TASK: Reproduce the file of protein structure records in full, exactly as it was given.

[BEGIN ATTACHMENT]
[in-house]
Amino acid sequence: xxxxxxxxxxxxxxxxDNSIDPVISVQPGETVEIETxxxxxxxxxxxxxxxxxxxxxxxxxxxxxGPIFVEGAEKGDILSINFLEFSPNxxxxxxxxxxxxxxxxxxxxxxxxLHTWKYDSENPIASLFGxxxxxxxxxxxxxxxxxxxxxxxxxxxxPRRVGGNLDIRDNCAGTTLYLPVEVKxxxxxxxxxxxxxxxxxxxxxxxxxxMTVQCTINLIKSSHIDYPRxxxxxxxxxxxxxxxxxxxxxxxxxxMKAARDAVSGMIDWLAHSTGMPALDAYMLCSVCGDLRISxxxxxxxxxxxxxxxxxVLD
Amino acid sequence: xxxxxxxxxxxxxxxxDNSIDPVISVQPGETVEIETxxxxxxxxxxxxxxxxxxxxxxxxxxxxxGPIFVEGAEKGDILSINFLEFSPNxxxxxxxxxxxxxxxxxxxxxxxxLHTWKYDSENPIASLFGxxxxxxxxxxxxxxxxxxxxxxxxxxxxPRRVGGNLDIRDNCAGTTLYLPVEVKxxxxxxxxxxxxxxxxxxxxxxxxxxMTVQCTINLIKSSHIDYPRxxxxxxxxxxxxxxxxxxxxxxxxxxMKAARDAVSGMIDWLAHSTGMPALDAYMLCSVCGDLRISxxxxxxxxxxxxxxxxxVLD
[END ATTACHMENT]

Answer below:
[in-house]
Amino acid sequence: xxxxxxxxxxxxxxxxDNSIDPVISVQPGETVEIETxxxxxxxxxxxxxxxxxxxxxxxxxxxxxGPIFVEGAEKGDILSINFLEFSPNxxxxxxxxxxxxxxxxxxxxxxxxLHTWKYDSENPIASLFGxxxxxxxxxxxxxxxxxxxxxxxxxxxxPRRVGGNLDIRDNCAGTTLYLPVEVKxxxxxxxxxxxxxxxxxxxxxxxxxxMTVQCTINLIKSSHIDYPRxxxxxxxxxxxxxxxxxxxxxxxxxxMKAARDAVSGMIDWLAHSTGMPALDAYMLCSVCGDLRISxxxxxxxxxxxxxxxxxVLD
Amino acid sequence: xxxxxxxxxxxxxxxxDNSIDPVISVQPGETVEIETxxxxxxxxxxxxxxxxxxxxxxxxxxxxxGPIFVEGAEKGDILSINFLEFSPNxxxxxxxxxxxxxxxxxxxxxxxxLHTWKYDSENPIASLFGxxxxxxxxxxxxxxxxxxxxxxxxxxxxPRRVGGNLDIRDNCAGTTLYLPVEVKxxxxxxxxxxxxxxxxxxxxxxxxxxMTVQCTINLIKSSHIDYPRxxxxxxxxxxxxxxxxxxxxxxxxxxMKAARDAVSGMIDWLAHSTGMPALDAYMLCSVCGDLRISxxxxxxxxxxxxxxxxxVLD